By Julia Duin, Special to CNN
Editor's note: Julia Duin teaches journalism at Union University in Jackson, Tennessee. She worked in newspapers for 25 years, including stints at the Houston Chronicle, the Washington Times, and for the past two years, as a contributing writer for the Washington Post Sunday magazine. Her website is juliaduin.com. Follow her on Twitter @juliaduin.
(CNN) - Remember those late summer days, just before the start of school, when you knew you were free as a bird until Labor Day?
I used to enjoy them, too. And then I moved to West Tennessee.
The Volunteer State is one of 10 states - all in the South except for Utah and Arizona - where a majority of schools begin classes before August 15. I’m willing to bet the school start dates here are the earliest in the country. Nashville public schools will begin their classes next summer on August 1. In Chattanooga, it will be August 8. Memphis will start August 5. Things are a little saner in Knoxville, where schools will begin August 21 this year.
But recently, my local school board in Madison County voted to begin school on August 2.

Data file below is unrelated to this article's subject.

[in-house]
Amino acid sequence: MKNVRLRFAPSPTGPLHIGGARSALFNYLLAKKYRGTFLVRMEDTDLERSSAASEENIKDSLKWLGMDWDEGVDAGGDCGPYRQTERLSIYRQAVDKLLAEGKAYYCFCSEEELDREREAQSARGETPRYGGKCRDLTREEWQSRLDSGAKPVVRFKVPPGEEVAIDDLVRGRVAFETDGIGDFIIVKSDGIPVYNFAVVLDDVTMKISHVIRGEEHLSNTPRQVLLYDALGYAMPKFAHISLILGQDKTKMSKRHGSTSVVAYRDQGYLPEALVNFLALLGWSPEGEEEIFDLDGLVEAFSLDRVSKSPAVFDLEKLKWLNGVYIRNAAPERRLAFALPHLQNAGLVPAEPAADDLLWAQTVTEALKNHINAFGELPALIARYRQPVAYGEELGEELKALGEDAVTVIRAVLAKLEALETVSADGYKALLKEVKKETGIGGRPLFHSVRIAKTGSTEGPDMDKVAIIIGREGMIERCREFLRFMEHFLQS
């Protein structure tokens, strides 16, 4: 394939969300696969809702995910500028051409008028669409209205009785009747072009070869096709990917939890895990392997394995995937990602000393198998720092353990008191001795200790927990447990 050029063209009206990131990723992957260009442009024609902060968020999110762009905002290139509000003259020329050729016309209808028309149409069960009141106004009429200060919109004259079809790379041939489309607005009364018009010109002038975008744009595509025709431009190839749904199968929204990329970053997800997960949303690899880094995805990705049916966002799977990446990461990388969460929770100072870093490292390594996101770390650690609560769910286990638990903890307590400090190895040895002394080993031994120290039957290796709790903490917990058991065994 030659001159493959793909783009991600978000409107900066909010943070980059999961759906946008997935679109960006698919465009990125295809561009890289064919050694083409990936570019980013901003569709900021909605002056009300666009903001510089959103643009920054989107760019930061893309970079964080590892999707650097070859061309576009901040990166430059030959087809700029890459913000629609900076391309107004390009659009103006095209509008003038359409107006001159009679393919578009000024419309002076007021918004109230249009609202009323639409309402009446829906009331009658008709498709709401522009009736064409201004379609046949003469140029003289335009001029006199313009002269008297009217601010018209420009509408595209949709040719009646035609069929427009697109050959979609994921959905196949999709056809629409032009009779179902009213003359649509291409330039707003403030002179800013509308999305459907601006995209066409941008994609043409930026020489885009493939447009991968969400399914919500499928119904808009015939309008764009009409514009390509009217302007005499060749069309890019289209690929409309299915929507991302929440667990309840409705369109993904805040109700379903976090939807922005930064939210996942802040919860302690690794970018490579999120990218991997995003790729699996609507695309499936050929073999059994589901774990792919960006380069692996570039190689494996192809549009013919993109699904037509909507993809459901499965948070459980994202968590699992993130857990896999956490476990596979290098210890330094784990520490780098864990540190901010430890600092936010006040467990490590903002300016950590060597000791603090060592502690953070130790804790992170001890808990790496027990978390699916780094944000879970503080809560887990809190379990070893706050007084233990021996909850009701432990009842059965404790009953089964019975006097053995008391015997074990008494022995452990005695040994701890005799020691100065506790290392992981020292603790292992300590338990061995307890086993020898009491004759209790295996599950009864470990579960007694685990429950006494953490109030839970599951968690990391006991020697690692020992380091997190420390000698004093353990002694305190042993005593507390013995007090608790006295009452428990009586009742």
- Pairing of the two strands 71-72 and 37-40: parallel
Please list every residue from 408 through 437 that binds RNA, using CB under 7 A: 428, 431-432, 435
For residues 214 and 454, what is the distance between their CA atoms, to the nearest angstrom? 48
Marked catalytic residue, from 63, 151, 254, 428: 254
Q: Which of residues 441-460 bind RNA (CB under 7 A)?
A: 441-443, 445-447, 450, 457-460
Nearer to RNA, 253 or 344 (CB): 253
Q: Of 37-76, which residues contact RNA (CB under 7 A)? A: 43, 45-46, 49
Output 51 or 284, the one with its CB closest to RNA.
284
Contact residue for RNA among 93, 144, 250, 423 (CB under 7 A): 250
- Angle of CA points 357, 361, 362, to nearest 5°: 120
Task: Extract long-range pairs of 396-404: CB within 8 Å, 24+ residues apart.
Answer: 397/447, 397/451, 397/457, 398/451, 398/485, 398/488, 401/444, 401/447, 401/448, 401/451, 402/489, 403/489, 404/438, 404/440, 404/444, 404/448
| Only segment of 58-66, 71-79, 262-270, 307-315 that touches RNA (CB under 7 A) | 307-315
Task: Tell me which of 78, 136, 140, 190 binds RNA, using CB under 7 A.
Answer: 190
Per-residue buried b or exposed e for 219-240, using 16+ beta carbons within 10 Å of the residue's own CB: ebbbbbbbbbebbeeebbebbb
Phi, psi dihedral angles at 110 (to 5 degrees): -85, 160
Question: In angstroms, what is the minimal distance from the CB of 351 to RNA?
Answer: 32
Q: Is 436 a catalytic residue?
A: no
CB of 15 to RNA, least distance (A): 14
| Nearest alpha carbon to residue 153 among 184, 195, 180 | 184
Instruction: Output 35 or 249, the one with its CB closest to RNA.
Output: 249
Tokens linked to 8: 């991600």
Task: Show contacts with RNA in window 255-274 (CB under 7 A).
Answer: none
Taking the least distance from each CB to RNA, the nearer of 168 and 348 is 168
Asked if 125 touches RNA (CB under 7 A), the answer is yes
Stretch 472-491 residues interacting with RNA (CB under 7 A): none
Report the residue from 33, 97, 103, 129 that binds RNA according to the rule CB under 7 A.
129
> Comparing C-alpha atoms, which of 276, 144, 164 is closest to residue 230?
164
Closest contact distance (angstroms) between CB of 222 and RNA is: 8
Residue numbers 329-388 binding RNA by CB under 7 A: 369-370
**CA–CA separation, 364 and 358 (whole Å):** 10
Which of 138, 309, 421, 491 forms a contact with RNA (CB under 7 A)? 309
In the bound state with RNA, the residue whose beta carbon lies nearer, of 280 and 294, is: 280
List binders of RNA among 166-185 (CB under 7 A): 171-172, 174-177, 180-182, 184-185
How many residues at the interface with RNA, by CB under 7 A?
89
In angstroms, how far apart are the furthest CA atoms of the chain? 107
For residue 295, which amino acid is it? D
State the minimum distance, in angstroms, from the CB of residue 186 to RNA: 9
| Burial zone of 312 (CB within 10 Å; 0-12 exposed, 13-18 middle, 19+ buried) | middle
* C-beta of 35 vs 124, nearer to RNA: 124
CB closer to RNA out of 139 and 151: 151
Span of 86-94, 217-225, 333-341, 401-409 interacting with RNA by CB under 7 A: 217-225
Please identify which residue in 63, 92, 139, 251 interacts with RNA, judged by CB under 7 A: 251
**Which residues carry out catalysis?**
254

Yes, August 2. I’m the parent of a first-grader in one of the elementary schools in Jackson, a city of 65,211 an hour east of Memphis. It is best known as the place where legendary railroad engineer Casey Jones grew up. It is a center for cotton, soybeans, a Pringles Potato Chips plant - and early schools.
Before moving here, I lived in Maryland, a state that Education Week recently anointed as having the country’s best schools. We started school around the third week in August and ended in early June. Most of the country cannot comprehend starting school August 2.
I like to spend summers near family in the Pacific Northwest, where summer doesn't even kick in until July and August and September are the best months to be there. All around the country, there are reunions, sporting events, fairs, festivals and zillions of outdoor events in August. All my college friends from Oregon are having our once-every-five-years reunion the second weekend of August. In 2008, I went. This year, I will be stuck in Tennessee.
When I got word that the Madison County school district was thinking of starting classes a month before Labor Day, I wrote an opinion piece for the local paper. After it ran, I only got one phone call - from a parent - in favor of my stance and two, both from teachers, suggesting I leave the state if I was complaining about local customs. I showed up at a school board meeting in mid-February to agitate for turning back the calendar to a more sane start date. Most of the board members just sat there and looked at me. The principal of my school told me it had been this way for years and that parents had just gotten used to it. The inertia was amazing.